Winter Travel Tips for Dog Guide Users

Winter Travel Tips for Dog Guide Users

Winter is in full swing, and those of us who live in Chicago know all too well how unpredictable the weather can be during this time of year! People who are blind or visually impaired and use dog guides can experience unique challenges when out and about in cold and icy conditions. To see how they cope, I spoke with three dog guide users: The Chicago Lighthouse’s very own Maureen Reid, Adnana Saric, and Brett Shishkoff. Maureen and Adnana are both long-time dog guide users, while Brett has only traveled with a dog for less than a year. Here is what they had to say about having warm and safe travels with your four-legged guide and friend during the winter months.

Maureen:

To me, foot protection is the highest priority during winter. My dog guide wears ruff wear boots that look like sketchers for dogs, which were provided by our dog guide school. I also purchased Paws protective footwear because my dog prefers them, and they protect his feet from salt and snow pack in his pads, although they are not as insulating from the cold temperatures. They appear to behave like deflated round balloons that wrap around my dog’s feet. I also have a container of applicable foot cream similar to a product called “mushers secret.” This is an ointment that is applied to their feet to moisturize and protect them from salt and can help prevent snow pack from getting stuck into their pads.

My dog guide also has a wool Pendleton style coat that was kindly donated to him by one of our Chicago Lighthouse Flair Fashion show designers, Woof in the Wool. It fits under his harness and does not impede his guide work.

Dog guide users should ensure their dogs have increased access to water, as it is dryer in the winter months and they might get dehydrated more easily.

Also, owners should do their best to balance out making sure they take dogs on working walks, even though they might not want to spend any more time in the cold than necessary. Dogs can get bored and mischievous, and their guide work may suffer if not given the opportunity to go out for a stroll. Dogs respond to this weather differently from one another. My retired guide used to bulldoze herself through the snow and then wrapped it up with a summersault onto her back, while my current guide is far less enamored with the snow and cold temperatures — he would rather avoid them all together!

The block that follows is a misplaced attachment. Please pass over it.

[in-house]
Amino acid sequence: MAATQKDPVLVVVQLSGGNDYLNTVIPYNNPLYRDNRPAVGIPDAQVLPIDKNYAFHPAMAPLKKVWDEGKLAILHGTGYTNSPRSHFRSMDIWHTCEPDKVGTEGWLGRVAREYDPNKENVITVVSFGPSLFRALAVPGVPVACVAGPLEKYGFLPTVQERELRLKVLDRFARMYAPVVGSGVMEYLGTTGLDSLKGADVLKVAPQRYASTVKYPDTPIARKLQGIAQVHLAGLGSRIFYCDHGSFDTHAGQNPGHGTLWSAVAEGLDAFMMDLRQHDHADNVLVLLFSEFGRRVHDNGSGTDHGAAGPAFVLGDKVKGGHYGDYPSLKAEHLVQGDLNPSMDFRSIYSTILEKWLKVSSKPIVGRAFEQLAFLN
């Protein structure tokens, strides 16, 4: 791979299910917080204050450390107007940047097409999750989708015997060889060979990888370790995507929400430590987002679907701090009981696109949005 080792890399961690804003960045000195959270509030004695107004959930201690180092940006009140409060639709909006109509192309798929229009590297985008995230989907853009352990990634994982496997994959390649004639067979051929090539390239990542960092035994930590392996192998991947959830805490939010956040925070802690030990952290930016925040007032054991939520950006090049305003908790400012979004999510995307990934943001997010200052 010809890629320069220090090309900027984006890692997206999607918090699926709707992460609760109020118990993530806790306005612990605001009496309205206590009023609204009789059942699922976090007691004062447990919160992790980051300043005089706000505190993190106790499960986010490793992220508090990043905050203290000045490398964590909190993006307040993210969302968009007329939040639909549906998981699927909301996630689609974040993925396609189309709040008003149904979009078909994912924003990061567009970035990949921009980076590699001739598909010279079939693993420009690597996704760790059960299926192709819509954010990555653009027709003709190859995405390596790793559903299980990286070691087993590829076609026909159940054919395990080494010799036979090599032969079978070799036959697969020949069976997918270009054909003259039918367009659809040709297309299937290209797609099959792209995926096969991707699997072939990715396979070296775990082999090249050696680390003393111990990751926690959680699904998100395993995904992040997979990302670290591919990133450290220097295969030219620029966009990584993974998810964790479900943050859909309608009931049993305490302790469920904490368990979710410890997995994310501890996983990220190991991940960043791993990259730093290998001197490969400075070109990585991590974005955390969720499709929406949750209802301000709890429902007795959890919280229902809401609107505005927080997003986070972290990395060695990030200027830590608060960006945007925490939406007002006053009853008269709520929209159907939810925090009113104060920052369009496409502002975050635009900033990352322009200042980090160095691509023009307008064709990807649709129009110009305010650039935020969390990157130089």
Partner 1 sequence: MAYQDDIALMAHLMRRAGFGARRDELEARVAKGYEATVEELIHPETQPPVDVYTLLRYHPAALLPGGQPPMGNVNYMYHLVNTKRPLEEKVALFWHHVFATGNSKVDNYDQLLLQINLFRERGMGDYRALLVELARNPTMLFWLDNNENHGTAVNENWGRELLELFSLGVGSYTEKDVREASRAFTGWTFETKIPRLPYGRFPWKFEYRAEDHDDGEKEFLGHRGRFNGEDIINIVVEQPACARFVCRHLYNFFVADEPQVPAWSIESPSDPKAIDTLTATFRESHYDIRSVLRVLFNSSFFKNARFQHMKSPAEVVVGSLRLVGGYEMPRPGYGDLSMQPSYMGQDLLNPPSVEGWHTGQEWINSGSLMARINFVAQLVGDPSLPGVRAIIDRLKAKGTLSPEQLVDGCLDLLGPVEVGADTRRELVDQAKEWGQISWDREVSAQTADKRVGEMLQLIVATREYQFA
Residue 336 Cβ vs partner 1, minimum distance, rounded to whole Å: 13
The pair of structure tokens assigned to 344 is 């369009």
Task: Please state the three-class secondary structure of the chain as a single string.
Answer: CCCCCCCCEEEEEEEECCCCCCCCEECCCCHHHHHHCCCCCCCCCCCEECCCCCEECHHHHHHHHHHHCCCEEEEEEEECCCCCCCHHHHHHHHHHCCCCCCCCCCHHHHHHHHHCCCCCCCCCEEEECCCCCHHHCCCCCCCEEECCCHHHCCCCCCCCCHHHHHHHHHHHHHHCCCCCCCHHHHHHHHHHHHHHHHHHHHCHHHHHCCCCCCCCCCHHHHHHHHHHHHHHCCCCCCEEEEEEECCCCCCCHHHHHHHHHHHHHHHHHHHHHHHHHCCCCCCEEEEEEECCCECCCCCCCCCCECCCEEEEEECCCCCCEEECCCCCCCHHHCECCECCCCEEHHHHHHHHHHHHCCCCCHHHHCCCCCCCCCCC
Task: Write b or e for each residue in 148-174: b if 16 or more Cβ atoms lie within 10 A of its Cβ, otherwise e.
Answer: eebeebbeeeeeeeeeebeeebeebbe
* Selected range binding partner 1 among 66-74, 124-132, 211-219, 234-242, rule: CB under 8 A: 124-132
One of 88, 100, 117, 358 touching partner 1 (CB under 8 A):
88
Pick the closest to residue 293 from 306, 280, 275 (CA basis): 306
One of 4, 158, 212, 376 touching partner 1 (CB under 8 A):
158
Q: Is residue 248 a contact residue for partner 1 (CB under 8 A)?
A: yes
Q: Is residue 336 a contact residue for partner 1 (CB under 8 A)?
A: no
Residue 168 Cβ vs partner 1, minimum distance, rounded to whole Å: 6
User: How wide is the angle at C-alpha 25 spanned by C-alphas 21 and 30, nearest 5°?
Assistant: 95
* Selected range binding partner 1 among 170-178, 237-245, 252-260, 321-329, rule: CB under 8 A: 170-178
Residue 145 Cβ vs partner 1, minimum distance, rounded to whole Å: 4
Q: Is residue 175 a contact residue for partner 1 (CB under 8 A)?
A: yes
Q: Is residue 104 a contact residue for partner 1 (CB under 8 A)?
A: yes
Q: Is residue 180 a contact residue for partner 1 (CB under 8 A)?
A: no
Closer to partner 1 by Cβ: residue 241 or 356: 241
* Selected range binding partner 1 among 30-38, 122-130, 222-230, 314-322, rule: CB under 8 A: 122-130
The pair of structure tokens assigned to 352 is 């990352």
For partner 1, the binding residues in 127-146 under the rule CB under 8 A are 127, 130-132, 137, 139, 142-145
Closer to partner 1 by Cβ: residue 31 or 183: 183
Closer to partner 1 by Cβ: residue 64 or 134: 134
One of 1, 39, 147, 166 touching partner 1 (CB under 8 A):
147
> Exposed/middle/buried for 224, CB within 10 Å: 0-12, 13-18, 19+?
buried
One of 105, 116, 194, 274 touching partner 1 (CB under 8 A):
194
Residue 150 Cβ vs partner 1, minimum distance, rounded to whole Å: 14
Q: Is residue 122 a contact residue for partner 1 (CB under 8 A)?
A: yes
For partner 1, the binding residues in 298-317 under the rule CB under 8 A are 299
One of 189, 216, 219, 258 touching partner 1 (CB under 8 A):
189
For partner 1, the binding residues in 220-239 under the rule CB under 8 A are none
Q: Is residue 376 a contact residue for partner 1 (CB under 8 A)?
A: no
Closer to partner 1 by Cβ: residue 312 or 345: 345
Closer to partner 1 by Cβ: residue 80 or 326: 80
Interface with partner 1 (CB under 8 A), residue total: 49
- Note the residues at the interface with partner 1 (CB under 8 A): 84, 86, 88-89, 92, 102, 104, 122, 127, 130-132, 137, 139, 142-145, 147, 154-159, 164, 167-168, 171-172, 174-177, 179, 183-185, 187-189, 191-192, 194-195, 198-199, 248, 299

Chicago Lighthouse employees Maureen Reid (left) and Adnana Saric (right) walk outside with their dog guides.

Adnana:

Traveling in extreme cold weather can be a challenge for a guide dog team because of the salt and ice on the ground, as well as the low temperatures. In order to make the travel more pleasant for both myself and my dog, I make sure to give us plenty of time to get to our destination. The extra time allows us to stay calm and on the same page when trying to work through any problems we might come across. I also make sure that I have plenty of treats and praise to reward my dog for his hard work. Just as we like to wear layers and winter shoes to stay warm, I make sure that my dog’s paws are protected with dog booties or wax. In case of forgetting the shoes or wax, I make sure to wipe my dog’s paws with a damp cloth when indoors to remove any sault and prevent irritation. I also make sure he is warm by having a jacket that properly fits from neck to tail. Lastly, I look out for the well-being of my dog and myself by using Paratransit, cabs, or other rides in order to spend less time in the extreme cold.